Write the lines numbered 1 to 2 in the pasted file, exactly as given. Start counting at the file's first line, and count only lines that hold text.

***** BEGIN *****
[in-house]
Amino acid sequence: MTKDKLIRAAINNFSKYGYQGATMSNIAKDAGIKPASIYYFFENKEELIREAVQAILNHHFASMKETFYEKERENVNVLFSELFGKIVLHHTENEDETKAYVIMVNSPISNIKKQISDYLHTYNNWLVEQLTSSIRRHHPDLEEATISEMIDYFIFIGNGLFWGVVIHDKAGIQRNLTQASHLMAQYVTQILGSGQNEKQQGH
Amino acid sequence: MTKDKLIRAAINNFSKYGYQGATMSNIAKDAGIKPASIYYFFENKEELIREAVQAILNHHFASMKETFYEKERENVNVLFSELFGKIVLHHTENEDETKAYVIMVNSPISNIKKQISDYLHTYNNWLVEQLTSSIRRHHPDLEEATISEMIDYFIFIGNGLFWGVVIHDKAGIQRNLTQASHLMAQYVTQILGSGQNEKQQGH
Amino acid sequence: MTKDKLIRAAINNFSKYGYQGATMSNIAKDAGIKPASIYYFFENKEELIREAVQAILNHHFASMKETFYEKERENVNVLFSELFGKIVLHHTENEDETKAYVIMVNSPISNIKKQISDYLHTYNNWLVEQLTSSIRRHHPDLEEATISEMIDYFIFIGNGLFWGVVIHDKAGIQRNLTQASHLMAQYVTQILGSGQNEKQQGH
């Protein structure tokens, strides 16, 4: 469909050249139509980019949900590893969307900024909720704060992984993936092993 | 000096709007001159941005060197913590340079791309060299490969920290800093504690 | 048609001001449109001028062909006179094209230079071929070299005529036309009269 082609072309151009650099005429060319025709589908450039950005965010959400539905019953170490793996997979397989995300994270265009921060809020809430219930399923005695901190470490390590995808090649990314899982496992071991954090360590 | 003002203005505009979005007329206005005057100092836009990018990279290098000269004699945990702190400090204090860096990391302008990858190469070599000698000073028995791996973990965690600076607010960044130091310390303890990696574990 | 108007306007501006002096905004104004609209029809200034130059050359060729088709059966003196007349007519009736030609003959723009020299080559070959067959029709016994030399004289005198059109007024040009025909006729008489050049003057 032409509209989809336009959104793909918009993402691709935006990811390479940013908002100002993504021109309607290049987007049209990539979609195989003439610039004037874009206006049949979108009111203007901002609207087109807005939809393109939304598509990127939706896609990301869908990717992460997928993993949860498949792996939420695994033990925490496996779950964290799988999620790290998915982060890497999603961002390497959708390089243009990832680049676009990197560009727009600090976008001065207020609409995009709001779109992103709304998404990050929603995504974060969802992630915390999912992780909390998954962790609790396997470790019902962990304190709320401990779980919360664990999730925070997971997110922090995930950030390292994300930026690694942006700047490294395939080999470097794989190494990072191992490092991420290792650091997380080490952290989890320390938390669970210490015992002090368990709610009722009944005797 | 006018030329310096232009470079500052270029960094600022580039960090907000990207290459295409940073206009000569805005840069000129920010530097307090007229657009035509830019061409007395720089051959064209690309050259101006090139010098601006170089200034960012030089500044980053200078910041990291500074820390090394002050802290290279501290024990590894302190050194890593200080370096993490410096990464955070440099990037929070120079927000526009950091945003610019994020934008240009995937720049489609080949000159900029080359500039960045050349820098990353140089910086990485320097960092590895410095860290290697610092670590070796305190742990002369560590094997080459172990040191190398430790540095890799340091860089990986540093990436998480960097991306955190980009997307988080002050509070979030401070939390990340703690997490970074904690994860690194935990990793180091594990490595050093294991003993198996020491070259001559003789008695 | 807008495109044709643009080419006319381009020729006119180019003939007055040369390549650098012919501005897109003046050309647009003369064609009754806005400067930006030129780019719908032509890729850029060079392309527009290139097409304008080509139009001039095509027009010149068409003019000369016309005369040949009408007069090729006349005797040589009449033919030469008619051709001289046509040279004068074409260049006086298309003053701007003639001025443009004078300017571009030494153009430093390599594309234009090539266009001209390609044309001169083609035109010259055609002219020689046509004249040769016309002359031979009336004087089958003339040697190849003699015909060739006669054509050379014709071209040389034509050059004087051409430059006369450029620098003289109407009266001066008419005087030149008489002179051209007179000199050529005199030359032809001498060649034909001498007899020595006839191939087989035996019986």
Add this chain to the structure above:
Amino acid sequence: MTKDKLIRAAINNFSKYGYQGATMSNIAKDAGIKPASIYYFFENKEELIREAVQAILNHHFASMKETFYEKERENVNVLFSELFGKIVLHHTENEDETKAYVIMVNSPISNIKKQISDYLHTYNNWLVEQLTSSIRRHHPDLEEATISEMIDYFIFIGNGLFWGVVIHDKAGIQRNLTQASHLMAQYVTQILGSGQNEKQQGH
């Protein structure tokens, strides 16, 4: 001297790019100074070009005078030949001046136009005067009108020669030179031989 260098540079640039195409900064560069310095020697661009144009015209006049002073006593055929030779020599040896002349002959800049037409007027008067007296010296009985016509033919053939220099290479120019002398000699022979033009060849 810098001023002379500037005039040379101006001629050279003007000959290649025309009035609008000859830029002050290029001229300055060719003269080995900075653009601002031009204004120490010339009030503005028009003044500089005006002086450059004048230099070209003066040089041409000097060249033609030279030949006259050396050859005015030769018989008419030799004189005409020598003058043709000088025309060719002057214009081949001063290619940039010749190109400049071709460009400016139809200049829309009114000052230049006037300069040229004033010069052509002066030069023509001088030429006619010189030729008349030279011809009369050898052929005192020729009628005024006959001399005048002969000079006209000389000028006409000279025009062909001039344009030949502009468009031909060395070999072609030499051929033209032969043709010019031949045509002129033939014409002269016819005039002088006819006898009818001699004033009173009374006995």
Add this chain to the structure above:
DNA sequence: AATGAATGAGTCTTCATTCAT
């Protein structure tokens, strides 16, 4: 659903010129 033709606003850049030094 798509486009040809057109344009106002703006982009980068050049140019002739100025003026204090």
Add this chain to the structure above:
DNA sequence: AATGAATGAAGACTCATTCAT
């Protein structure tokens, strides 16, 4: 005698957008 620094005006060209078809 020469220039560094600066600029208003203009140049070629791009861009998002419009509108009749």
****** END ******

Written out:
[in-house]
Amino acid sequence: MTKDKLIRAAINNFSKYGYQGATMSNIAKDAGIKPASIYYFFENKEELIREAVQAILNHHFASMKETFYEKERENVNVLFSELFGKIVLHHTENEDETKAYVIMVNSPISNIKKQISDYLHTYNNWLVEQLTSSIRRHHPDLEEATISEMIDYFIFIGNGLFWGVVIHDKAGIQRNLTQASHLMAQYVTQILGSGQNEKQQGH